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PowerPoint files – or derivatives of PowerPoint files, such as presentations “printed to” PDF – are an increasingly common occurrence in Blackboard. Unfortunately, the increase in the numbers of these formats has been accompanied by a surge in the number of printing problems in campus computer labs. This is because files with graphical elements typically “swell” on the way to the printer – a file with a size of a few MB can end up being a 50MB monster by the time it gets to the printer.

PowerPoint files are for viewing slides. It is not appropriate to upload PowerPoint files (.ppt) to Blackboard in their” native” state – you MUST make some changes to the file to ensure that students can view and print the file successfully.

Following the seven steps outlined below can reduce the frustration for students, technical support staff, and printers!


How to printer proof your Powerpoint files

  1. Step 1: Reduce the resolution of images – Before uploading to Blackboard, you should ensure that all graphics in your presentation are 72ppi (pixels per inch) images. This is also sometimes known as 72 dpi (dots per inch).
    • You can do this by selecting the image in PowerPoint, “cutting” the image (Control-X or Apple-X) and pasting it (Control-V or Apple-V) into a graphics application (such as Adobe Photoshop, Adobe Photoshop Elements or Microsoft Photo Editor). Ensure the new file you create is set at 72ppi. Then resize the image to the required dimensions – see Step 2.
  2. Re-size images – You should always re-size your images in a graphics application, (such as Adobe Photoshop, Adobe Photoshop Elements or Microsoft Photo Editor), not in PowerPoint.
    • Use the “height” and “width” controls (usually grouped with the “file size” functions) to ensure that your image is the correct size before importing to PowerPoint. As a general rule, an image to fill a PowerPoint slide would measure 800 x 600 pixels (so one to fit on a quarter of a slide would be 400 x 300 pixels).
  3. Use jpg or gif images…not bmp or tiff – For photographic images, save as a jpeg (.jpg or .jpeg). If it is a cartoon or diagram, save as a gif (.gif).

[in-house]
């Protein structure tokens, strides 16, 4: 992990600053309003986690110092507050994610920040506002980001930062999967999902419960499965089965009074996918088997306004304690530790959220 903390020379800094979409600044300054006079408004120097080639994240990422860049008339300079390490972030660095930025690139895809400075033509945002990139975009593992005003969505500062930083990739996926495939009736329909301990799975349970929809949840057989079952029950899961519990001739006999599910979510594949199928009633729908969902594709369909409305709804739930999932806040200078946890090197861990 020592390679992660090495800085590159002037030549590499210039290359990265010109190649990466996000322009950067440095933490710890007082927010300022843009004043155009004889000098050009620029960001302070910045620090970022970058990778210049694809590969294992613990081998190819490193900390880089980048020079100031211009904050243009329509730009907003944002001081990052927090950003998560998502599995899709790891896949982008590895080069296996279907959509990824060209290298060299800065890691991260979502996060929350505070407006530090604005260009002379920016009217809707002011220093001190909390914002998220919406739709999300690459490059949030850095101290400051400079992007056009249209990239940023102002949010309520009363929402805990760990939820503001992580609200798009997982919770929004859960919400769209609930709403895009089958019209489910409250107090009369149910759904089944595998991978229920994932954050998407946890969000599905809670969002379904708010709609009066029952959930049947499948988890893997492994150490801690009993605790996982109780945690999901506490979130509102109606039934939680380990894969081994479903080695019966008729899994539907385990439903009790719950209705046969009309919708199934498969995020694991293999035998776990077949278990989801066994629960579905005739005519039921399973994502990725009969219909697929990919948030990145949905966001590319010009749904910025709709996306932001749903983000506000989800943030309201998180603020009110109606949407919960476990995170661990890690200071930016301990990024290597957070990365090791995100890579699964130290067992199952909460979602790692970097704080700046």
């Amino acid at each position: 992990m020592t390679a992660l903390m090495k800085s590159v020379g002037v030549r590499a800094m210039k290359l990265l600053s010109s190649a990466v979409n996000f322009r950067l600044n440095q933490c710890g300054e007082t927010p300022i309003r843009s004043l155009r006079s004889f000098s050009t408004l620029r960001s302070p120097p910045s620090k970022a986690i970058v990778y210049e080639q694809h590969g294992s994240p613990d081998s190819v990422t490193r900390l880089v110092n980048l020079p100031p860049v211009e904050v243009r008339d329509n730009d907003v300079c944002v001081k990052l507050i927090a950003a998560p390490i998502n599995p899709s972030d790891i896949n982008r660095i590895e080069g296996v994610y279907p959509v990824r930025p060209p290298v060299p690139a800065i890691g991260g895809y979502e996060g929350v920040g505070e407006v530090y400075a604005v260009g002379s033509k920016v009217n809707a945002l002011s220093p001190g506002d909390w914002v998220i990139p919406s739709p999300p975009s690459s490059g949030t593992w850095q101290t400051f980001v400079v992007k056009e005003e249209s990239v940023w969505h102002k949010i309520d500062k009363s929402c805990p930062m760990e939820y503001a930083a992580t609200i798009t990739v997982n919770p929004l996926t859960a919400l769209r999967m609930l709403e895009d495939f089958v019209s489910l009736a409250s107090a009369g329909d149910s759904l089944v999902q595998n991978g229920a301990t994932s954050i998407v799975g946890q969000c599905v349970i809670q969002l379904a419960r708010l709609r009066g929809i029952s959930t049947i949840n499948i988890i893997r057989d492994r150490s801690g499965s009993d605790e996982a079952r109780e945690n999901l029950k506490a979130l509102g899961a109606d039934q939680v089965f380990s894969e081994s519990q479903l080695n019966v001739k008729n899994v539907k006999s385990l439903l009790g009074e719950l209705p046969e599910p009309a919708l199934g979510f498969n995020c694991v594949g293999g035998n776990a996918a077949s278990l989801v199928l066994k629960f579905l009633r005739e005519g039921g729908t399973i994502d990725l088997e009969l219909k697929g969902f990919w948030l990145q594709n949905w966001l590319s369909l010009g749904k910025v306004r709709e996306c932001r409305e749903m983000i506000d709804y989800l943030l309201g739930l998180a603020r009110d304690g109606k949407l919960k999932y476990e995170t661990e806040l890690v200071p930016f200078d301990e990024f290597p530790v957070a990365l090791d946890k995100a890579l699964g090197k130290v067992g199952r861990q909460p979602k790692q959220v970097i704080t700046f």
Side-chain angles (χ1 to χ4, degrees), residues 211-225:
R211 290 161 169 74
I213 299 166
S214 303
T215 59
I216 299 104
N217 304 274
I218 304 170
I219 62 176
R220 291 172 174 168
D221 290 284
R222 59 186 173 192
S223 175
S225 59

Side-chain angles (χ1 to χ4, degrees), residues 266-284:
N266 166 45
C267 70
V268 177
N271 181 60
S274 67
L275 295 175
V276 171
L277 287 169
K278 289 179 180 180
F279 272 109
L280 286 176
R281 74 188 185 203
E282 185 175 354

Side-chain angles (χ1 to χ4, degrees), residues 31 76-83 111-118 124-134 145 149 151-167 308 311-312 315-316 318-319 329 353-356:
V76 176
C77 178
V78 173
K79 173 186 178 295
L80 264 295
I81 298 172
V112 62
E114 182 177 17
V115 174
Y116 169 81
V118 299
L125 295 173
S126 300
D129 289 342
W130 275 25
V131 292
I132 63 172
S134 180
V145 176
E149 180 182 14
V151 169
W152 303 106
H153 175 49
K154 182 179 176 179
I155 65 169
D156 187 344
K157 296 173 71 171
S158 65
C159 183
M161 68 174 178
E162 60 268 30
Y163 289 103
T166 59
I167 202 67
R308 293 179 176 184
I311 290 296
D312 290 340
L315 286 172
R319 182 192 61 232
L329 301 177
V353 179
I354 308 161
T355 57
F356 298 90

4. Re-insert images into PowerPoint Once your images have been re-sized, are saved at an appropriate resolution, and are in a web-friendly format such as jpg or gif, you can re-insert them back into your PowerPoint file.
  5. Remove decorative elements from PowerPoint – Remove ALL non-essential graphics from your PowerPoint file, such as textures, animations, sound effects, background images and banners. Change the colour scheme to black text on a white background. This will ensure that the file is optimally formatted to print quickly and efficiently.
    • Note: The University PowerPoint templates, while great for presentations, are NOT printer-friendly as they have dark backgrounds.
  6. Save As… – There are a number of formats that you can save your PowerPoint file in. If you decide to upload it in a “view only” format – or something that’s relatively hard to print (.pps, .html, print-blocked .pdf) – we STRONGLY recommend uploading it in a print-friendly version as well (like an .rtf outline or a black & white 4-up pdf), unless you have specific reasons for not wanting students to print it out.
    • Note – if you save your presentation as an outline, check that all the relevant text is still there. If you have added manual text boxes to your PowerPoint slides these are not automatically included in an outline.
  7. Leave instructions for students – In your Blackboard paper, you should clearly state which versions can be printed, and which cannot. If you have ONLY provided some files in formats that can’t (or can’t easily) print out (.pps, .html, print-blocked .pdf), consider explaining why you’ve done this. Students often get frustrated because they don’t know why they can’t print certain documents out, when there may be a perfectly good reason that you decided to do this.